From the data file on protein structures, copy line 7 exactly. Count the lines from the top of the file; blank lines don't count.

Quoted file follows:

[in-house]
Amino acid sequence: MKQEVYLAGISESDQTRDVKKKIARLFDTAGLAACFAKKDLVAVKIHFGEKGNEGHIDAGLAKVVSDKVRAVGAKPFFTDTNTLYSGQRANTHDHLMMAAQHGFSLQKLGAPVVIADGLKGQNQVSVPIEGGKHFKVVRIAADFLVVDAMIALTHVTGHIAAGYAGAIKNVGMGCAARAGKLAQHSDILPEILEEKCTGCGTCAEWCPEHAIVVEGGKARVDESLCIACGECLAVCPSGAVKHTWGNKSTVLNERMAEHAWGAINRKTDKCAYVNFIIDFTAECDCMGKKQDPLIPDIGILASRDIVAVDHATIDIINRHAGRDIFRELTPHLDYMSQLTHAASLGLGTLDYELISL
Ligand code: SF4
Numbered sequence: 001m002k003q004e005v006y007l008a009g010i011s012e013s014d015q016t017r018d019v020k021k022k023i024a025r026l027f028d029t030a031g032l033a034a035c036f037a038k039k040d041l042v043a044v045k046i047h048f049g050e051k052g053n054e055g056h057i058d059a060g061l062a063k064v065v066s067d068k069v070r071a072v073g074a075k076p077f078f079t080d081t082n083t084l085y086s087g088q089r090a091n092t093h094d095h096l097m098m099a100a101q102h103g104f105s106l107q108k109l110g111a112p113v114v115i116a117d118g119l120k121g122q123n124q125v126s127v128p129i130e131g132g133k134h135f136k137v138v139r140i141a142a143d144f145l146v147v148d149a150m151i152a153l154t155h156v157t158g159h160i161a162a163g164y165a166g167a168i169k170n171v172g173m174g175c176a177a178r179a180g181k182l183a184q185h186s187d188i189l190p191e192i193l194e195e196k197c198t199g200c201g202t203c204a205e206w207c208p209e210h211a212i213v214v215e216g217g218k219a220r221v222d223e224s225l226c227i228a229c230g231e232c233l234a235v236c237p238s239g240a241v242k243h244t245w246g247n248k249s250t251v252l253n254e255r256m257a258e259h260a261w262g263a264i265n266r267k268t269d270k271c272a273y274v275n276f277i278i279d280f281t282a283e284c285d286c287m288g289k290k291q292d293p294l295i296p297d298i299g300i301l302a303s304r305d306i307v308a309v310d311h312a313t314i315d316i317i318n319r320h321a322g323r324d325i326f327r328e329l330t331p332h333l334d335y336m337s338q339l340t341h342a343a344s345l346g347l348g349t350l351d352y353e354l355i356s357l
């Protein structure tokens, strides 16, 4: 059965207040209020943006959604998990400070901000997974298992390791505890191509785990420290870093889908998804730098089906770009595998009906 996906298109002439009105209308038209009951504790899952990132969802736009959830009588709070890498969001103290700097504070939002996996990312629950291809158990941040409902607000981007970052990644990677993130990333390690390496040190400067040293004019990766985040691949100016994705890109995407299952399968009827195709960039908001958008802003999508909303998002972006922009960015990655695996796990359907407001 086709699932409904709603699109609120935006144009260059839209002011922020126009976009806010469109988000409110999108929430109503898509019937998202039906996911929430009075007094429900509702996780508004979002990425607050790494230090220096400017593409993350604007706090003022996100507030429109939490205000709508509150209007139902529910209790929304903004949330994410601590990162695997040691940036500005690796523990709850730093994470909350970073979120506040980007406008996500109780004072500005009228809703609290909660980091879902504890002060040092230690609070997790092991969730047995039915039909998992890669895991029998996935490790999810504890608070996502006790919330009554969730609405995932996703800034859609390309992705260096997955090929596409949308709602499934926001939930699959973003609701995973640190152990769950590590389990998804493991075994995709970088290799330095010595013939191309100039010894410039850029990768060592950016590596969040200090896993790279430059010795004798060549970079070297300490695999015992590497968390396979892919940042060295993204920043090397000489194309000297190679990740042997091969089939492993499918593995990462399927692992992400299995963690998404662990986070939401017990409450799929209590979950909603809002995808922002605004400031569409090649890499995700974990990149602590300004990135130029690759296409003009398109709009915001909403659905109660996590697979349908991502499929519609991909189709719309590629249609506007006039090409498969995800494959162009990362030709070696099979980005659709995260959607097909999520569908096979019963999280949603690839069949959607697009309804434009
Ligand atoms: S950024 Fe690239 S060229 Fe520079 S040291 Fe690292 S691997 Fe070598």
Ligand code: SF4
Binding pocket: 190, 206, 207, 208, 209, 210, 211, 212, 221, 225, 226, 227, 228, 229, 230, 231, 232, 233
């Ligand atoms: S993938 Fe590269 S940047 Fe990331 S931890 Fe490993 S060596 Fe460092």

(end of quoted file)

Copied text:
Ligand code: SF4